ISLAMABAD: A Pakistani soldier was killed in a cross-border attack on a Khyber Agency check post on Monday, prompting Islamabad to urge Kabul to check terrorists’ ‘freedom of movement’ on its side of the border.
According to Inter-Services Public Relations (ISPR), Sepoy Waqas, who was performing his duty at the check post, succumbed to the injuries inflicted on him by terrorists who fired from across the border. The soldier breathed his last at the Peshawar Combined Military Hospital where he was taken in a critical condition.
Pakistan Army sepoy killed in Afghanistan crossfire
Army chief General Qamar Javed Bajwa acknowledged “the sacrifice of Sepoy Waqas for the security of our motherland.” His Namaz-e-Janaza was held at the Peshawar Corps Headquarters and was attended by Corps Commander Lt Gen Nazir Ahmed Butt, IGFC Maj Gen Shaheen Mazhar Mehmood, the K-P chief secretary and a large number of officers and soldiers.
The military’s media wing said terrorists were resorting to fire from across the border taking advantage of weak border control on the Afghanistan side. “There is a requirement to check terrorists’ freedom of movement on Afghan side of the border,” the army demanded in a statement.
The latest incident has added to the already tense relationship between Pakistan and Afghanistan. At the heart of the problem is Kabul’s continued allegations against Pakistan for providing what it called ‘safe havens’ to terrorists launching the cross border raids. Islamabad has its own list of grievances starting from weak border controls to tacit support being provided by Afghan intelligence agencies to the outlawed Tehreek-e-Taliban Pakistan (TTP) and other anti-Pakistan elements.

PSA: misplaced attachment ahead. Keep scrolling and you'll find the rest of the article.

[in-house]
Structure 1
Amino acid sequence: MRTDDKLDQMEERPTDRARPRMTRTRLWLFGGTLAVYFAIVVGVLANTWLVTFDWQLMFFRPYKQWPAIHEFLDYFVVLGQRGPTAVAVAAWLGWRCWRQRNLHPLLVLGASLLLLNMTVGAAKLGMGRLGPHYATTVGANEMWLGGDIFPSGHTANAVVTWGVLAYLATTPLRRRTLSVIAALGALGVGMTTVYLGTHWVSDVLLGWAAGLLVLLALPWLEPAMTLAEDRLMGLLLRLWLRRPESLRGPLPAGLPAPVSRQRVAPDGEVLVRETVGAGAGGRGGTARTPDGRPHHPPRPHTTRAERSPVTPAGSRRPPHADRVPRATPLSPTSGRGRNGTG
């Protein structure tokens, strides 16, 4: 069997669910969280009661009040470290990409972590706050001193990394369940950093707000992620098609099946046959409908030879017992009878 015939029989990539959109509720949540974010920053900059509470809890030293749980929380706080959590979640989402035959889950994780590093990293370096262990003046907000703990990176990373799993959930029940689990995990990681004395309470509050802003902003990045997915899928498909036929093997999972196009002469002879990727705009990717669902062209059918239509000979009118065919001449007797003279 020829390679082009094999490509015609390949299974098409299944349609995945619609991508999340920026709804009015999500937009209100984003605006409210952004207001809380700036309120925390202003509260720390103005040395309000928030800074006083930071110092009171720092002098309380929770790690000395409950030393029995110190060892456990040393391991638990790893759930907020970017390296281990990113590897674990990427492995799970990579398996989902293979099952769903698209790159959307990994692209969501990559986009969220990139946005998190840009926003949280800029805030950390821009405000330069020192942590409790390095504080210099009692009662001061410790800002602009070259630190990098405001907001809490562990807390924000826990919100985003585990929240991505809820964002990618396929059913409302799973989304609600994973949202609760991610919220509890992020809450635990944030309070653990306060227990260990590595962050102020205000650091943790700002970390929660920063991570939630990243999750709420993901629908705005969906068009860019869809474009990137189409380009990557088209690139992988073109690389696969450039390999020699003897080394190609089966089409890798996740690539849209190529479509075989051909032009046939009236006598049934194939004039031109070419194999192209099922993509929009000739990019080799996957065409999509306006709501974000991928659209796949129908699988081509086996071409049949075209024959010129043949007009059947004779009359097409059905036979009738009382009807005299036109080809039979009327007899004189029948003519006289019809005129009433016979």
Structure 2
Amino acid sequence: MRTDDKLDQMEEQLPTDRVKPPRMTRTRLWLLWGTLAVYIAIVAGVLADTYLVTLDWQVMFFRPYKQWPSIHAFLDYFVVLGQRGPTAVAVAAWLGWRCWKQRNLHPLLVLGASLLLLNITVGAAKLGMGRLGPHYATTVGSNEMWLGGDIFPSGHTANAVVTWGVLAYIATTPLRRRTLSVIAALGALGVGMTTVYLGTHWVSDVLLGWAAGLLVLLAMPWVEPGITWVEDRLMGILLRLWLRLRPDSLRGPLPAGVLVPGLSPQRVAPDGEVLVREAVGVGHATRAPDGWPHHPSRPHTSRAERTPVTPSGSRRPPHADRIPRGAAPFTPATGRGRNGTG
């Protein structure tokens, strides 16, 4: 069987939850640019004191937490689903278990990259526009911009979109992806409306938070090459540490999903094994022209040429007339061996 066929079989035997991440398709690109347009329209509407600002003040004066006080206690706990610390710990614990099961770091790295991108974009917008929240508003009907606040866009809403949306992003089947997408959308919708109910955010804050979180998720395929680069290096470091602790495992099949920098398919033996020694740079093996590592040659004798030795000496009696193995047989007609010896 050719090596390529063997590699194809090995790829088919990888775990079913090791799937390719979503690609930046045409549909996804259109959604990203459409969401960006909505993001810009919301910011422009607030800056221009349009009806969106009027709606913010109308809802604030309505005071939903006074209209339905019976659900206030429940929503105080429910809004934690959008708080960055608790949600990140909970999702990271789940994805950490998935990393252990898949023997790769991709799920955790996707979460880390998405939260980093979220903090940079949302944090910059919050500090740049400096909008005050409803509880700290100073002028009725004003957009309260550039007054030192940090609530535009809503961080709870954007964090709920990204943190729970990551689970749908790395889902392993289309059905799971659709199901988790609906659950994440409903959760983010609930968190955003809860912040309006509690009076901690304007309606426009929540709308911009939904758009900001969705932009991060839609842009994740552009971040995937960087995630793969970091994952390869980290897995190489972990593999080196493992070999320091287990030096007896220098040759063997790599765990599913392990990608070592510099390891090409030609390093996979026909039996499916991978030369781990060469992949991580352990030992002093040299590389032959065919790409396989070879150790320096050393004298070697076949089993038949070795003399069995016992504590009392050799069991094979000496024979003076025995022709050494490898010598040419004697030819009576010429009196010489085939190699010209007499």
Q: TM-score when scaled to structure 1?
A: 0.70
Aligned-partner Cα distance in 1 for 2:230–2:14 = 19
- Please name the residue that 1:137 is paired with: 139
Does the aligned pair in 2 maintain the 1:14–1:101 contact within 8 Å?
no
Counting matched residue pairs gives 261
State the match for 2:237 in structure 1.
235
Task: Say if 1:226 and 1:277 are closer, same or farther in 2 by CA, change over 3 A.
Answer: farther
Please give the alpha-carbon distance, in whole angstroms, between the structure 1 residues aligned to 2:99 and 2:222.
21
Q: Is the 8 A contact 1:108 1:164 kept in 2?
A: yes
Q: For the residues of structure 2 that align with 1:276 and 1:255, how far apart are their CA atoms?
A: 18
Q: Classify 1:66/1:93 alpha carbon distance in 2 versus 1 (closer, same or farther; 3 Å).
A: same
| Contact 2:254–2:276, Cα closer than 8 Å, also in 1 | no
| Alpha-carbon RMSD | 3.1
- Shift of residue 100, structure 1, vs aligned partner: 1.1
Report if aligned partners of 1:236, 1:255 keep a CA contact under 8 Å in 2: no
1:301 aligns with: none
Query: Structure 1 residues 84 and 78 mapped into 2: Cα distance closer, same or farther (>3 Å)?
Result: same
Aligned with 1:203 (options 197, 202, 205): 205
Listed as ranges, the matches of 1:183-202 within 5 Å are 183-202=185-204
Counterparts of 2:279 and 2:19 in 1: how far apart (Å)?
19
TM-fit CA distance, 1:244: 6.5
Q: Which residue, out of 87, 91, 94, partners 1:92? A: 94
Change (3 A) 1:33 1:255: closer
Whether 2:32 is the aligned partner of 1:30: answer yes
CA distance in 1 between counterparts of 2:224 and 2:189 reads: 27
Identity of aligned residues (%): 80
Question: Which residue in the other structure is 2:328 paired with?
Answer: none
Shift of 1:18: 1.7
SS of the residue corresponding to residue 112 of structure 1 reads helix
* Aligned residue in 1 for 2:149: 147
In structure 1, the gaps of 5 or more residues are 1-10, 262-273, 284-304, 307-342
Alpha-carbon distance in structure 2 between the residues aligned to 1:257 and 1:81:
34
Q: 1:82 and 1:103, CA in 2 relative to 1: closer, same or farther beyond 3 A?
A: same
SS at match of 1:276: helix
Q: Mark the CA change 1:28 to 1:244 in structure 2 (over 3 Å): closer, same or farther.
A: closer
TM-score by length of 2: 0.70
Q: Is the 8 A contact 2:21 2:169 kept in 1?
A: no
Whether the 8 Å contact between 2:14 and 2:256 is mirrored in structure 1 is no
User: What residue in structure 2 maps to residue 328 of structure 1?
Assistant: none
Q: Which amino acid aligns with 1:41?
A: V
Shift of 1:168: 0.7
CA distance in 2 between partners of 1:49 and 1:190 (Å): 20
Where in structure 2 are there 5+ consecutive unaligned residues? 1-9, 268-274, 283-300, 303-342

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Despite Afghanistan’s relentless campaign, Pakistan is still seeking to resolve all differences through dialogue. Following the recent terrorist attacks in Afghanistan, Gen Qamar telephoned Afghanistan’s President Ashraf Ghani to condemn the latest wave of violence and to offer his support to fight menace of terrorism jointly. The army chief, however, urged the Afghan president to stop blame game because it only served the purpose of those who never wanted smooth relationship between the two neighbors.
Ghani, nevertheless, stuck to his tirade against Pakistan and said his country wanted ‘serious talks’ about the future of its ties with the neighboring country. The continued blame game has prevented the army chief from finalising a plan for a crucial visit to Kabul.
Published in The Express Tribune, January 31st, 2017.